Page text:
25 Dec

What You Should Know About Replacing R-22 Refrigerant (Freon)

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If you have an older heat pump or air conditioning, you may already know that R-22 refrigerant (also known as Freon) has been discontinued. That means that it is no longer being produced, hard to find, and very expensive. 

If your heat pump or air conditioning is in good shape but needs more refrigerant, there are replacement refrigerants for R-22 available. However, the process is more complicated than adding this new refrigerant to your existing system.  

Why R-22 is no longer used

The Environmental Protection Agency (EPA) began phasing out R-22 back in 2010. The reason is that the refrigerant is a hydrochlorofluorocarbon (HCFC), which damages the ozone layer and impacts the environment. In 2004, R-22 was no longer allowed to be used in new equipment. And as of January 1, 2020, it is banned for service, maintenance, and repair. 

Benefits of replacement refrigerants

If you have a heat pump or AC that uses R-22, the new rules don’t mean you have to automatically replace your system. In fact, in some cases, you can have your unit retrofitted with a replacement refrigerant such as R-421A, R0407C, and others. These refrigerants are non-HFCs, so they’re a more environmentally friendly option for keeping your home comfortable.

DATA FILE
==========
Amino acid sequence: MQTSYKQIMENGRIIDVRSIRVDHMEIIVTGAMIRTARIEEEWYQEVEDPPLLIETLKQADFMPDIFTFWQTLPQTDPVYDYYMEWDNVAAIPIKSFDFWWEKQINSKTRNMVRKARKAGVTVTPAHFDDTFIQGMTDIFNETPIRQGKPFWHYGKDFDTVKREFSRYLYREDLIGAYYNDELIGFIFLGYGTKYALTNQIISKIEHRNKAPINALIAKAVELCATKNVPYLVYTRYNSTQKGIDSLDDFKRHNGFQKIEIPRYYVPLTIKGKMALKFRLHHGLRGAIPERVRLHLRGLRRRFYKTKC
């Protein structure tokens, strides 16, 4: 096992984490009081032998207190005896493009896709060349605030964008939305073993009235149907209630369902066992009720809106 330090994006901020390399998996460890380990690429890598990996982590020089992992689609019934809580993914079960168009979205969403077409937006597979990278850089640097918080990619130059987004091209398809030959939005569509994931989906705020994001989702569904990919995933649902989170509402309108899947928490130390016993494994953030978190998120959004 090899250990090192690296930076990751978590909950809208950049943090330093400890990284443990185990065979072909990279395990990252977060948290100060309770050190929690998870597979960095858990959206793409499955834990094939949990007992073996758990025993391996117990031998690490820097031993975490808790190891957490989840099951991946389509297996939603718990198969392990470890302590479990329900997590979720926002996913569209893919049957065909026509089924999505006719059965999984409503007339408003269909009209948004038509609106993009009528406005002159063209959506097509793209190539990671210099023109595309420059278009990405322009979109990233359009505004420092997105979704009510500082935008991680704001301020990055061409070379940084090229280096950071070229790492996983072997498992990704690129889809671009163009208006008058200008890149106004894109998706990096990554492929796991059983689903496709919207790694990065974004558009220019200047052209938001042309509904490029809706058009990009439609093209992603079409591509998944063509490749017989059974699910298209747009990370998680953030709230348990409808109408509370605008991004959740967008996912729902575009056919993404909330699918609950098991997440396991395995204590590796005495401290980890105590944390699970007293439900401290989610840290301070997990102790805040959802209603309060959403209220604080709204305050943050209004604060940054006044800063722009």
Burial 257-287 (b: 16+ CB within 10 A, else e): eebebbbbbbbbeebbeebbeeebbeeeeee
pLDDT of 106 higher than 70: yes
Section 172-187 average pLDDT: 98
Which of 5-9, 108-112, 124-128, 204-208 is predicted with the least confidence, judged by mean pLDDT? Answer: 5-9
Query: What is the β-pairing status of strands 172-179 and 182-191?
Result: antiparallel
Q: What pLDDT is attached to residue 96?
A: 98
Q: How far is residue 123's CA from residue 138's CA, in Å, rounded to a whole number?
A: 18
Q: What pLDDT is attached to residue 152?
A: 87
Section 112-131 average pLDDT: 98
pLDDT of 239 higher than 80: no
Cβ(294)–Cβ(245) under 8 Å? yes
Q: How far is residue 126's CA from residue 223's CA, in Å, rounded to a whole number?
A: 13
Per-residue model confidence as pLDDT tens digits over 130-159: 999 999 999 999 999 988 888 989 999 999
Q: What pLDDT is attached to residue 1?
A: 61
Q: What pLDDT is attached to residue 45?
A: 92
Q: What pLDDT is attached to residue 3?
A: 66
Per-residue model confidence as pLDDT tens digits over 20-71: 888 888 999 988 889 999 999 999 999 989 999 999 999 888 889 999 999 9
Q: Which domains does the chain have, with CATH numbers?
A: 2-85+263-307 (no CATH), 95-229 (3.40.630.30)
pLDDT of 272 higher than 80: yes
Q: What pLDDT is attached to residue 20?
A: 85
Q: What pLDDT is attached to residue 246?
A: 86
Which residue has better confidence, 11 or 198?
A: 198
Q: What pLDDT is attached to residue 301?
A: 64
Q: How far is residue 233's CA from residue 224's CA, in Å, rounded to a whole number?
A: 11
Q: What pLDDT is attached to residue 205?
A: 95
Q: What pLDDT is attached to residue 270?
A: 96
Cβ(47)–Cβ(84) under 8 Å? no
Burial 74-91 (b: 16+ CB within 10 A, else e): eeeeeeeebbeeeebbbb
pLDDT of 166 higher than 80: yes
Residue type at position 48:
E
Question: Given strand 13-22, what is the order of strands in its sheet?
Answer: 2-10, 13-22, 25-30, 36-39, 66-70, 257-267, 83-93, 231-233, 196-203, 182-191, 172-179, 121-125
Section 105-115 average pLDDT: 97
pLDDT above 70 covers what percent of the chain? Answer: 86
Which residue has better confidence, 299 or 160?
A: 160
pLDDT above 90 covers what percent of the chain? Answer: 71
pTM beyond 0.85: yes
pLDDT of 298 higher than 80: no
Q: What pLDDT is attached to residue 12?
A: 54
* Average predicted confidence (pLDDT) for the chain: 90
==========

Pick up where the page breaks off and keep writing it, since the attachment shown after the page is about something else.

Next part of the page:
Why replacing R-22 refrigerant isn’t simple

One major difference is that older heat pumps and ACs use mineral oil as the lubricant in the compressor, while newer systems use synthetic oils. Mixing the oils would be like pouring diesel fuel into your gasoline car – it’s not a good idea. If your HVAC professional determines that your system can be retrofitted, the old refrigerant and oil will need to be entirely removed. It’s also very important to mention that replacing your refrigerant is not a DIY job and should only be attempted by a licensed HVAC professional.

Watch out for the warranty

Keep in mind that using any replacement refrigerant will likely void the manufacturer or extended warranty of your heat pump or air conditioning. 

What’s better: retrofit or replacement?

It’s nice to know that you may have the option to update the refrigerant in an old heat pump or air conditioning. However, if your system is near the end of its service life, it might make more financial sense to replace the entire unit instead. 

If you’re interested in learning more about replacement refrigerants available for your old heat pump or air conditioning, talk to Robert B. Payne, Inc. To schedule a consultation with an experienced HVAC technician, call us today at (540) 373-5876.